Why Is Internal Greens Drainage So Unglamorous? It’s Like Making Sausage

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As I was sitting through another round of talks at GIS 2011, once again the old common, boring, unglamorous theme reused over and over again: install subsurface drainage.
Let me also preface this by saying I am not whining, but just wanted to point out a few facts why clubs choose other alternatives:

1) purchasing fungicides must be cooler, we all want to use the cool new formulations to battle bacterial wilt, anthracnose or turfgrass rapid blight
2) installing internal greens or fairway drainage is even less cool than an installing a new irrigation system, while an irrigation system has visible irrigation heads/sprinklers/valve boxes visible at the surface an internal subsurface greens drainage system only has  few tiny valve boxes at the turf surface and thus members rarely know they even have XGD as it is completely hidden for the most part
3)they don’t want to see the XGD racing stripes

If you look very closely at this pic from Westmoor Country Club near Milwaukee, WI , focus your eyes on the right quarter of the pic through to just left of the flagstick a horrific racing stripe is visible, and if you look 6′ to the right or left of the drainage lateral you may see another few of them. This picture is taken 1.5 years after the restoration occurred. These laterals will be more visible for the Oakmont’s and Merion’s of the golf world, but what clubs beyond the handful mentioned have US Open conditions on a daily basis?
4) in a much earlier blog from a few years back I compared XGD to “making sausage”, in that no one really wants to see it being made, they just want to enjoy the benefits after the grilling, or after the installation, many golf course superintendents watch our operation initially, but never return until the green is complete as they can’t stand the thought of someone trenching in their greens(18 babies)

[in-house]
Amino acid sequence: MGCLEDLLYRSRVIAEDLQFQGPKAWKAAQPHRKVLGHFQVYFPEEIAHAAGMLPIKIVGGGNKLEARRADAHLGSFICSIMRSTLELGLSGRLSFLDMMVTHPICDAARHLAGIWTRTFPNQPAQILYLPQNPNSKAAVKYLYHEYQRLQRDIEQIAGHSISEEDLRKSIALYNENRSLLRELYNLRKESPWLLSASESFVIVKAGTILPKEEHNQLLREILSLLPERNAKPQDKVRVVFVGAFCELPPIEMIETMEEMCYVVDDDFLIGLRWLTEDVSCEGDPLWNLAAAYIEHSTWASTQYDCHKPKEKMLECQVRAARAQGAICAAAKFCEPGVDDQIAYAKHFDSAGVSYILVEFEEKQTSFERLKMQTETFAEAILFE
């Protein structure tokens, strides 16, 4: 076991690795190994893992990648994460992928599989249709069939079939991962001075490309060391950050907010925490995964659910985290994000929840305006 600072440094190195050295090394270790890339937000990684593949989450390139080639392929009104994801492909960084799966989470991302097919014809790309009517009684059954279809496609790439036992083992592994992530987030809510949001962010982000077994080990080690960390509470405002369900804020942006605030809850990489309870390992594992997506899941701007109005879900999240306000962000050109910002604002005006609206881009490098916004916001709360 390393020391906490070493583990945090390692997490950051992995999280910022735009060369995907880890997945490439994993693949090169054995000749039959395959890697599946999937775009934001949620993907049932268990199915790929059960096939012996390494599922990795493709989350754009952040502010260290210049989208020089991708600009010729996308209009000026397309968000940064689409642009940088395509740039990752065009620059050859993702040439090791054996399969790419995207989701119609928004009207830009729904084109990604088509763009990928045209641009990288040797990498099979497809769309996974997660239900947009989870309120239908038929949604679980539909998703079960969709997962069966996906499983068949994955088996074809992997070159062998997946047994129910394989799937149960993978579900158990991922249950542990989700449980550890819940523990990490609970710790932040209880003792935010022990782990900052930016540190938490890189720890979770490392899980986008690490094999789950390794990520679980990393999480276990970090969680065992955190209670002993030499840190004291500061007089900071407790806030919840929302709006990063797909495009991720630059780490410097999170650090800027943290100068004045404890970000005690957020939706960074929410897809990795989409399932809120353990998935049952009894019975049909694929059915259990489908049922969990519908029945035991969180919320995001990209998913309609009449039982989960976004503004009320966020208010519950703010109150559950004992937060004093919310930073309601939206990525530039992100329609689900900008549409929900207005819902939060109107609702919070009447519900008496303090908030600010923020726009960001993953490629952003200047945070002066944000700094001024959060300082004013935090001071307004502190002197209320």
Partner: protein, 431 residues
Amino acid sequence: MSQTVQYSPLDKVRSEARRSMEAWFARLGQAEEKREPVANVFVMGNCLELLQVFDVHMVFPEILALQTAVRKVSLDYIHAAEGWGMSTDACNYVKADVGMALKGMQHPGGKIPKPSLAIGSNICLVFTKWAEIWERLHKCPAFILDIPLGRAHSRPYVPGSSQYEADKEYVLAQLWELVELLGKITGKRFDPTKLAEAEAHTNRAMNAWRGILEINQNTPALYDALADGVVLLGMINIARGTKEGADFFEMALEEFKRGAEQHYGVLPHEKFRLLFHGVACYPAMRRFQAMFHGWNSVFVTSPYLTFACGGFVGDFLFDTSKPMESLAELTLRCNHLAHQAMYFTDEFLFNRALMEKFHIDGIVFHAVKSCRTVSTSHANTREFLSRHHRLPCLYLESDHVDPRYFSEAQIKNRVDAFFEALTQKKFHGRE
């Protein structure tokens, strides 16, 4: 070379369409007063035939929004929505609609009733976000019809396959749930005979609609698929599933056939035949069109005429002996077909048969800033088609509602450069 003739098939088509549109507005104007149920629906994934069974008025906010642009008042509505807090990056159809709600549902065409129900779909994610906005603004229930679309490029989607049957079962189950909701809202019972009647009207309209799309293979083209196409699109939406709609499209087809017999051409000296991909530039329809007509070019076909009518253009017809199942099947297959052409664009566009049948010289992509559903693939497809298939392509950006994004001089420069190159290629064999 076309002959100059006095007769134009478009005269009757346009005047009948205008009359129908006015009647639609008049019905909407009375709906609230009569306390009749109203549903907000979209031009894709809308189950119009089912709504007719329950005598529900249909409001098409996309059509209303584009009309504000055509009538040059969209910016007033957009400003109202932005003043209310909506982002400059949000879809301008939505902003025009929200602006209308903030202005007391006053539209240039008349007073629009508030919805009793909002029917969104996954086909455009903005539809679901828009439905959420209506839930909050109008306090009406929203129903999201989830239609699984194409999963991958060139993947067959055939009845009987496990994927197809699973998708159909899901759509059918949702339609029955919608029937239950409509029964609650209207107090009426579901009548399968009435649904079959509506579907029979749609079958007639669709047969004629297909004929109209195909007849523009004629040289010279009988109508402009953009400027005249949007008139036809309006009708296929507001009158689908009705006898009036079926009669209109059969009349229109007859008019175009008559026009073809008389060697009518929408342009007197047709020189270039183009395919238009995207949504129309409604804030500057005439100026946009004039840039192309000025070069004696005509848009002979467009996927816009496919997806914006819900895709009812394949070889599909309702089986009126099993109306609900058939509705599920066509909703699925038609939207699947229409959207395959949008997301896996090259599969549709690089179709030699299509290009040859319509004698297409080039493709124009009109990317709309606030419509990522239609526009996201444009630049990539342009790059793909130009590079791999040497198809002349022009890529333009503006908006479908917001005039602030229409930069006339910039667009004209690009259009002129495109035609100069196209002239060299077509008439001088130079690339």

5) Cost: many clubs will try and compare it to a few fungicide applications when really it needs to be compared to rebuilding the green entirely, and the cost is usually about a quarter of what a new green would be, and further XGD is not a short term solution as our oldest installs are approaching 20 years of age and performing admirably, so just consider how much you spend on fungicides over a 20 year period, and there will be considerable saving realized

In conclusion, our drainage restoration process will not eliminate the use of these pricey fungicides, but several of our clients have reported a reduced use of them. As I listen to Eric Clapton singing “How Long Blues”, how long will the golf industry be allowed to spray these fungicide apps in the near future? Already, in my home and native land Canada, these fungicide restrictions are already taking hold and forcing clubs there to choose and implement cultural practices like internal drainage to provide better disease resistance. And lastly the summer of 2010 proved that without proper infrastructure underground, your clubs greens and fairways will remain  behind the eight ball.

Poor Old Dirt & Grass Farmer

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